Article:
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Trying to establish a tcp connection between a client / server. Both machines are Macs and are on the same LAN. Server's app listens on port 12345. After receiving "SYN, ACK" from Server, I send "ACK" but then my client automatically sends a "FIN, ACK" followed by "RST, ACK". So the TCP Flow ends up being:

Client sends SYN. SVR sends SYN, ACK. Client sends ACK. Client sends FIN, ACK. Client sends RST, ACK. SVR sends ACK. SVR sends ACK. Client sends RST. Client sends RST.

From reading other posts with similar issues it sounds like this could be happening because I'm trying to manually create the handshake on the user level and the Unix kernel (operating at the system level) sees the "SYN, ACK" far before anything on the user level can respond and moves to close the connection, seeing it as open for no reason. A similar problem to what this Linux user experienced: Unwanted RST TCP packet with Scapy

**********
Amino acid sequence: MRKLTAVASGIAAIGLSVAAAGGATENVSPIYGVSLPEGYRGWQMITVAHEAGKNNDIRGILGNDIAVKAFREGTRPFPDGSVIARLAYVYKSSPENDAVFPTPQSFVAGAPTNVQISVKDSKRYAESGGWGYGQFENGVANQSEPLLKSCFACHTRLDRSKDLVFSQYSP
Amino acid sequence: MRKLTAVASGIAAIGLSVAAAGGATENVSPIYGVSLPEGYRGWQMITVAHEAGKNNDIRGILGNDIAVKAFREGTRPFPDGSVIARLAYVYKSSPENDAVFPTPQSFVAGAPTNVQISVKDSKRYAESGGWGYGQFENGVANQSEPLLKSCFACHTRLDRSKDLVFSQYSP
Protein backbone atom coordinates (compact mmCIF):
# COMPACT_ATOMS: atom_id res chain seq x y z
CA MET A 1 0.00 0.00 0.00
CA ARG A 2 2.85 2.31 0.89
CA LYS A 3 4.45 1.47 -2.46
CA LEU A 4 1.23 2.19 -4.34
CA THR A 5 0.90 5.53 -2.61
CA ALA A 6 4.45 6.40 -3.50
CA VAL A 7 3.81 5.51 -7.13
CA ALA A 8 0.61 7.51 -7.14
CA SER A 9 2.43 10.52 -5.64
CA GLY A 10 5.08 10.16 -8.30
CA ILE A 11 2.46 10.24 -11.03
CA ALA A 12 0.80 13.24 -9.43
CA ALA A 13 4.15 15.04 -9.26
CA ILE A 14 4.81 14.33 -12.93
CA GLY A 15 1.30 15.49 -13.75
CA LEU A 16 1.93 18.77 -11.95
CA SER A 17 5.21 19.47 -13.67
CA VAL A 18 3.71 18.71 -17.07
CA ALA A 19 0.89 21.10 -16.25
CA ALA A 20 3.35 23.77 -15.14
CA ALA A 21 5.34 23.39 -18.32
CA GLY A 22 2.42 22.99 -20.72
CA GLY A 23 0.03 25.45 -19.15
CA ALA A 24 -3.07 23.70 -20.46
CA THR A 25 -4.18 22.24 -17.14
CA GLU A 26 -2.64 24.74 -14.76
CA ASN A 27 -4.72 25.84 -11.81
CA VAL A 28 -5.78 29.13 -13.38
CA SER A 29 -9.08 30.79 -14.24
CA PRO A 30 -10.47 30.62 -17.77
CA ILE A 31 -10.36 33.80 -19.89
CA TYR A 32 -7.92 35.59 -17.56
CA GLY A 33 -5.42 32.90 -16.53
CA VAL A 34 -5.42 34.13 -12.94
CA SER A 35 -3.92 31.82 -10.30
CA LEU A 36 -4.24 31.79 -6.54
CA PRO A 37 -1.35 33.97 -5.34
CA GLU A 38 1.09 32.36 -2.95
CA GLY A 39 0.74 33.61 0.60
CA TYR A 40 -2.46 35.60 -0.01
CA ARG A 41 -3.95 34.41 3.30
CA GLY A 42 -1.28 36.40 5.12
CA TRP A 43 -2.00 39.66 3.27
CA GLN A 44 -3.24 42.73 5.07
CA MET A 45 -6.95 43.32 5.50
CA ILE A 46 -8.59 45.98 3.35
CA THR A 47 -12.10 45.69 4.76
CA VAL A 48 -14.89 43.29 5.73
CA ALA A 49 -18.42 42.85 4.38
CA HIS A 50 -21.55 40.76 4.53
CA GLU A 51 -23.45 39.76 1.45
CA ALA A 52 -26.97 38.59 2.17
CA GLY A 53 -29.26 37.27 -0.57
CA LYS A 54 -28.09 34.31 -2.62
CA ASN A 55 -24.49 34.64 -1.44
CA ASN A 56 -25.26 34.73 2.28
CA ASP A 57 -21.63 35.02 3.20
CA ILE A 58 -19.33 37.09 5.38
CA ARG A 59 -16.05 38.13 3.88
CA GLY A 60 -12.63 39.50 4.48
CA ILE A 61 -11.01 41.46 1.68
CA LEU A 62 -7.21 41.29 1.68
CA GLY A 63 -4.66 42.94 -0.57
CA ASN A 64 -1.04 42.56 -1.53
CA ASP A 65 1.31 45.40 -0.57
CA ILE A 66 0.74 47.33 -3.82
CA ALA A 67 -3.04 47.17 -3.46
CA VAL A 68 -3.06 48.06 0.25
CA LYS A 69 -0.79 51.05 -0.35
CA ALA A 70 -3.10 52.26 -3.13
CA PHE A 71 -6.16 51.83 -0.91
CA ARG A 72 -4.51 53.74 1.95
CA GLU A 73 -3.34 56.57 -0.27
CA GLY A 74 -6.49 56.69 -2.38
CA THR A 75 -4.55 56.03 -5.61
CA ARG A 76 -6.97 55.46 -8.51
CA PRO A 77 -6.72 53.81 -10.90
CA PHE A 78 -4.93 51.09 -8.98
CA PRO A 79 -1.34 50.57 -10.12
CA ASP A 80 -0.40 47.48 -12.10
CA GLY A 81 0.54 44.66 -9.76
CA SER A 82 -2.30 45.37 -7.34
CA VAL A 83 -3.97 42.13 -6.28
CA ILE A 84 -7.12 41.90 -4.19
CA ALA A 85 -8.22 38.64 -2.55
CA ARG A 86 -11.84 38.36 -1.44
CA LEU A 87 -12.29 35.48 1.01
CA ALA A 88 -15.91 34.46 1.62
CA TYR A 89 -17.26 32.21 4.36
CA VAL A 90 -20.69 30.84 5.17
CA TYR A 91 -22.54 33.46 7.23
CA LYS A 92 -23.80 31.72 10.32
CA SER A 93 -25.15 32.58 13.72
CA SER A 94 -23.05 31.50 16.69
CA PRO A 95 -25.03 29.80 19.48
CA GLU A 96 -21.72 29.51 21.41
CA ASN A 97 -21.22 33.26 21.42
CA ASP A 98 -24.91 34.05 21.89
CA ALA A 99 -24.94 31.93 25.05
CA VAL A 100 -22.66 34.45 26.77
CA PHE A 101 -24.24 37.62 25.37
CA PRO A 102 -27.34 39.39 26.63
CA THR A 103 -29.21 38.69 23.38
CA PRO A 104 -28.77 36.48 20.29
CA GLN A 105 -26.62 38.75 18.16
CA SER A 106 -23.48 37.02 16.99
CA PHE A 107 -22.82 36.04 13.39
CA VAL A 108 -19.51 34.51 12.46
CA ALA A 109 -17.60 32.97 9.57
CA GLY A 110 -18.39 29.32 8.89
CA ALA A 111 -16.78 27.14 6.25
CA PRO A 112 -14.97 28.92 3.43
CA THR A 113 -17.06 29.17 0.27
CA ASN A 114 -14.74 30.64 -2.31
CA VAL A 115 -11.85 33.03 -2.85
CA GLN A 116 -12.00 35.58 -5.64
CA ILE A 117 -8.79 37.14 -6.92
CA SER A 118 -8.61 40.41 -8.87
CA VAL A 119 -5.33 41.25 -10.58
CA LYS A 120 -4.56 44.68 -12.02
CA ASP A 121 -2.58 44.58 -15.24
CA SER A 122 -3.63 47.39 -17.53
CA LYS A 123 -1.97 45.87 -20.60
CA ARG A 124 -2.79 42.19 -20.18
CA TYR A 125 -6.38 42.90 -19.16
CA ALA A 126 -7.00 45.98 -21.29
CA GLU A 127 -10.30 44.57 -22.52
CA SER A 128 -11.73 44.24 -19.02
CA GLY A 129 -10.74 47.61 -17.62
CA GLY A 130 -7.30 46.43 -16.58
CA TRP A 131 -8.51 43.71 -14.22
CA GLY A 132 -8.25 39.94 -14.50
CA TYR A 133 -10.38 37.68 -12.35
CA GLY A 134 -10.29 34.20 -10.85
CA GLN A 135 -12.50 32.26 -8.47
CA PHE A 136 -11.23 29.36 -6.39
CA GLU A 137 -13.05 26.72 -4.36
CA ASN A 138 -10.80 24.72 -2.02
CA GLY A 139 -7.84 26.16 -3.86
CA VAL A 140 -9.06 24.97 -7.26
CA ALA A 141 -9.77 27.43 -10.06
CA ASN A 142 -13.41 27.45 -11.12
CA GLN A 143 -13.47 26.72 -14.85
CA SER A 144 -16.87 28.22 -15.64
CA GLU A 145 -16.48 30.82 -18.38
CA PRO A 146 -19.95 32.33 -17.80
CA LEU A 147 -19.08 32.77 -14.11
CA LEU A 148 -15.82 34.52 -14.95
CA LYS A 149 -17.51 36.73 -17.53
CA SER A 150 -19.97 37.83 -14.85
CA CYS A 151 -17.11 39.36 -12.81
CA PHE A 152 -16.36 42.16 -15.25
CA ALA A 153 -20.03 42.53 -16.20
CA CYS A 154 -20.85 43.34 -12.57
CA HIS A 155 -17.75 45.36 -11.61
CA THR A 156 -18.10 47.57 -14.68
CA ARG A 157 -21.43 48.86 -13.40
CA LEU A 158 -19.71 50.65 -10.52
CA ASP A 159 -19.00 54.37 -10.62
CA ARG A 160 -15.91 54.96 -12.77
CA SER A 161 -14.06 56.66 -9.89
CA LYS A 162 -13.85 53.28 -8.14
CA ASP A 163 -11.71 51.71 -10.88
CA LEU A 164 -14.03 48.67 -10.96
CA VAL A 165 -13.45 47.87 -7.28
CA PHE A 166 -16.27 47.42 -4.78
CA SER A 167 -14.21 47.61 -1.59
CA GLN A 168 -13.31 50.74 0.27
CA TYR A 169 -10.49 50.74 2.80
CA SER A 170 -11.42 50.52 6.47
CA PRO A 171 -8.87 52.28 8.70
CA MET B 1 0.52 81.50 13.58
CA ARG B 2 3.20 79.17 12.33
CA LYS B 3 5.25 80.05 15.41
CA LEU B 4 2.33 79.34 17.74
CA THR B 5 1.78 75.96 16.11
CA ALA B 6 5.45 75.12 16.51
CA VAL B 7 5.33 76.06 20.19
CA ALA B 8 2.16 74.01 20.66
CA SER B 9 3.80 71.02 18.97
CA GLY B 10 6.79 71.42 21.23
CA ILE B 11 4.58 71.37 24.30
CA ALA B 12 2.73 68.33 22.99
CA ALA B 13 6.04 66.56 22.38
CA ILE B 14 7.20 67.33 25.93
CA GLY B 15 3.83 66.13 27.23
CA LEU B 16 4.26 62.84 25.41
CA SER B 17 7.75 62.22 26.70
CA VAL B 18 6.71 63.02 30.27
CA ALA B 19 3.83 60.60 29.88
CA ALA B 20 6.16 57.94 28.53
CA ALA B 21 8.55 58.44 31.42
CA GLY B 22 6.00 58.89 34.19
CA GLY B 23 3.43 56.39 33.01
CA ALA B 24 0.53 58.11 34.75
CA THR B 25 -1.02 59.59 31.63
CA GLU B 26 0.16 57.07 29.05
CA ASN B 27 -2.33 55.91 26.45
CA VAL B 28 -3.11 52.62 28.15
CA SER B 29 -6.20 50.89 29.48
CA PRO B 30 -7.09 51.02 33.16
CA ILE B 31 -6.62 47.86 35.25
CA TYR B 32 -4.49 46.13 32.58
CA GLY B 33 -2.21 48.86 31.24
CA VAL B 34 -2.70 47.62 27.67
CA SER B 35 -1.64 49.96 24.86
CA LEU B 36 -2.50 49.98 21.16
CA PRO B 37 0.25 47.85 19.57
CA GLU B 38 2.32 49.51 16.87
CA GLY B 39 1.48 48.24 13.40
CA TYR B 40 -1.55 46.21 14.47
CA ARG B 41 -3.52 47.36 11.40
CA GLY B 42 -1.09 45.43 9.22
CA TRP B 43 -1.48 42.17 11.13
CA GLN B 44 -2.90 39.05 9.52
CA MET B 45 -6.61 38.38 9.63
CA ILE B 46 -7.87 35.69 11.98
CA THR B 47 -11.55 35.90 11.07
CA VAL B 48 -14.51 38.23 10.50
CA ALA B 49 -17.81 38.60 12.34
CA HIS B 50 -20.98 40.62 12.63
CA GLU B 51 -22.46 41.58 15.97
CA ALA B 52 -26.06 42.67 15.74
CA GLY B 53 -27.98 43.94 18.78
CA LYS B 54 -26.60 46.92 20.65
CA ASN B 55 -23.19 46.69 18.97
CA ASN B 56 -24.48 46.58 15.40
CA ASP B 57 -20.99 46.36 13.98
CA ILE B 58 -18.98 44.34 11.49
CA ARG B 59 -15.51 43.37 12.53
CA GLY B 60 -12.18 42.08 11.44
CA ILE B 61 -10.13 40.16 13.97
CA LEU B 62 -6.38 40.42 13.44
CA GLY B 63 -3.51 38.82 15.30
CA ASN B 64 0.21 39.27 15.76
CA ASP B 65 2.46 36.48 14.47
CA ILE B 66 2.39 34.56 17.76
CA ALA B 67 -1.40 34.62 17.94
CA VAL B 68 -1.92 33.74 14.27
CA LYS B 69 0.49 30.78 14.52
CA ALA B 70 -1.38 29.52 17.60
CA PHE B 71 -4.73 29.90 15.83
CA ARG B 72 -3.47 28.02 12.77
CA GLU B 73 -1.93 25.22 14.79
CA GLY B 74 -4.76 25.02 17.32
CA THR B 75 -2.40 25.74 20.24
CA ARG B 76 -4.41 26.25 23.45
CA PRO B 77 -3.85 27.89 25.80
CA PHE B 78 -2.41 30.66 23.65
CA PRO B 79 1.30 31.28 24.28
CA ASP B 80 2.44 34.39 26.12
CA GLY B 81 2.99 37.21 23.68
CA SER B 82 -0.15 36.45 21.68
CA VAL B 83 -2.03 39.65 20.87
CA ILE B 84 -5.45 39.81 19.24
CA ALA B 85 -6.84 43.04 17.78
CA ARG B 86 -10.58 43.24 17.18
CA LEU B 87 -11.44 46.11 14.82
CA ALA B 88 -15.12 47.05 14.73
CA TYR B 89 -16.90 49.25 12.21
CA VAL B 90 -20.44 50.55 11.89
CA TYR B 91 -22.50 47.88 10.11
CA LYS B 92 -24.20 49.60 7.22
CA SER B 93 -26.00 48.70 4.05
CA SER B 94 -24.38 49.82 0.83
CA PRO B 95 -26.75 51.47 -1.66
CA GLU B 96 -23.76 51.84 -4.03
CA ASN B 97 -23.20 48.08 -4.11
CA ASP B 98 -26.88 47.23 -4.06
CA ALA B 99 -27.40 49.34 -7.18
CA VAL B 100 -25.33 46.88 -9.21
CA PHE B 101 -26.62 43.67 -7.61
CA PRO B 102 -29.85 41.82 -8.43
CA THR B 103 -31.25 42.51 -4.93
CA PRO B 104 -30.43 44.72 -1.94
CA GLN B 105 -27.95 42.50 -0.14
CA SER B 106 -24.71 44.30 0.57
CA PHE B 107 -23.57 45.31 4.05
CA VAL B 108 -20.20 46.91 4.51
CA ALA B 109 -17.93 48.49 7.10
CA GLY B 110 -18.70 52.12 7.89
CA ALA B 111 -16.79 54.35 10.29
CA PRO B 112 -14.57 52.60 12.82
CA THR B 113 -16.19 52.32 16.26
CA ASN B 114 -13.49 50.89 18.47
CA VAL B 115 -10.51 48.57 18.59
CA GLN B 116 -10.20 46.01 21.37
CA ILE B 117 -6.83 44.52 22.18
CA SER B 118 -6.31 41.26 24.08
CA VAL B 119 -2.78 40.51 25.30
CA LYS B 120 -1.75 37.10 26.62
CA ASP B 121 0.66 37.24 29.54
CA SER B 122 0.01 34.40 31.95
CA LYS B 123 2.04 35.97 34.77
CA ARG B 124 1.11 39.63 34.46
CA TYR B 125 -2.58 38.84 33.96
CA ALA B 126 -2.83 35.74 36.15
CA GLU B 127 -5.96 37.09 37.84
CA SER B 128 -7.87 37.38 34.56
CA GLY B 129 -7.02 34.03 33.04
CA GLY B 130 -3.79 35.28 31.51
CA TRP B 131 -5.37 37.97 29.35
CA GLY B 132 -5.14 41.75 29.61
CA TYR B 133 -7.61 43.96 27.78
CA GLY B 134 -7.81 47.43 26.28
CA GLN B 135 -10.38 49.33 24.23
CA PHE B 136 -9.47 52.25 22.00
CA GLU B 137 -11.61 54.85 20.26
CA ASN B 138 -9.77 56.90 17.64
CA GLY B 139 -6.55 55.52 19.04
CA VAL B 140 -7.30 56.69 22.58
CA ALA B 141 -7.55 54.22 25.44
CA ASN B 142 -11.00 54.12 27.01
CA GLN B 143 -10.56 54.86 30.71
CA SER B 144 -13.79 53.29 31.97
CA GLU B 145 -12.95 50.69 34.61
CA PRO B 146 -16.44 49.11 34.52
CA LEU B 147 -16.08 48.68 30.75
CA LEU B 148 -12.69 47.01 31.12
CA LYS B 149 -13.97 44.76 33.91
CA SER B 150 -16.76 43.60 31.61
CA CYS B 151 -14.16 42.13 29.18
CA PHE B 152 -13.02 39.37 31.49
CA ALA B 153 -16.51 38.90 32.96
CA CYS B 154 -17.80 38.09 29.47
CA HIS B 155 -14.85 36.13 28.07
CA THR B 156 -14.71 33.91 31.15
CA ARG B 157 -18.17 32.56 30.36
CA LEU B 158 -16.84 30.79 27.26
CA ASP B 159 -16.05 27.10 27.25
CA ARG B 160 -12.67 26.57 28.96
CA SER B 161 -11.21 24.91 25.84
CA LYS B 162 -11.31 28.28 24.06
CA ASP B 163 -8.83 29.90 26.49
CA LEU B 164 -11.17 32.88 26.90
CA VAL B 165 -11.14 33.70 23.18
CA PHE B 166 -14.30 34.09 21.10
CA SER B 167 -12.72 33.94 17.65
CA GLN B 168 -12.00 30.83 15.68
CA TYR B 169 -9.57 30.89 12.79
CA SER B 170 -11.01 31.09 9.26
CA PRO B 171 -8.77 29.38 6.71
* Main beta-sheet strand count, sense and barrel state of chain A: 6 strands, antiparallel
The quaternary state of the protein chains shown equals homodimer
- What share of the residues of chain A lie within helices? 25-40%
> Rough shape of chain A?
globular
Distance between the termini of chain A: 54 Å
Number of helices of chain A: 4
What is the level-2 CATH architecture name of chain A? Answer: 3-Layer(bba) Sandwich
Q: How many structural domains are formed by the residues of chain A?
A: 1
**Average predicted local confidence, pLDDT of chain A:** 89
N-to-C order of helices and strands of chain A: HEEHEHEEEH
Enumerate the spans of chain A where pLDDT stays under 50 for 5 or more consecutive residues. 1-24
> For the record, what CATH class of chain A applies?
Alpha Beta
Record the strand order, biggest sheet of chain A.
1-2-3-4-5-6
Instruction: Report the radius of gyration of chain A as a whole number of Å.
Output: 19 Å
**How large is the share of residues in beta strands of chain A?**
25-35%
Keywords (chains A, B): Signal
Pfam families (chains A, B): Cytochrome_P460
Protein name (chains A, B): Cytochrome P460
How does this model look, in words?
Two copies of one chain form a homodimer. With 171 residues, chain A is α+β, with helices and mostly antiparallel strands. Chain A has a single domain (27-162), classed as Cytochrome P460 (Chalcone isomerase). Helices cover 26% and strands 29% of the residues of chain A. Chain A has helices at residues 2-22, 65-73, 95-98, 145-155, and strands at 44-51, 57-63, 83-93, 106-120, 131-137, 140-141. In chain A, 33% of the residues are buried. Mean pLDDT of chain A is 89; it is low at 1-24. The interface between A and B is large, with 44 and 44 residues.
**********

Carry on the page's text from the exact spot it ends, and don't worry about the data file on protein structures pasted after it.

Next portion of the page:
Whereas iptables worked for the Linux user should I use something like pf in Mac OS X to block / drop the FIN and RST msgs? My client is running 10.9.5 and my server 10.10.3.

Here's a flow graph of the tcp communication Server is 10.0.100.5 and client is 10.0.100.4:

  • Not sure what you mean by "I'm trying to manually create the handshake on the user level". Are you constructing a raw packet with manually created IP/TCP header? – Zaboj Campula Jul 29 '15 at 9:51
  • @ZabojCampula Yes that's exactly what I'm trying to do. The server-side software with which I'm interacting sends a "handshake\0" string with the the SYN-ACK and with my return ACK I need to send the same "handshake\0" string. I can use pf to block outgoing FIN and RST from my client, and then I can send the SYN-ACK with custom string without unwanted FIN and RST flags. – Flan Jul 30 '15 at 16:24

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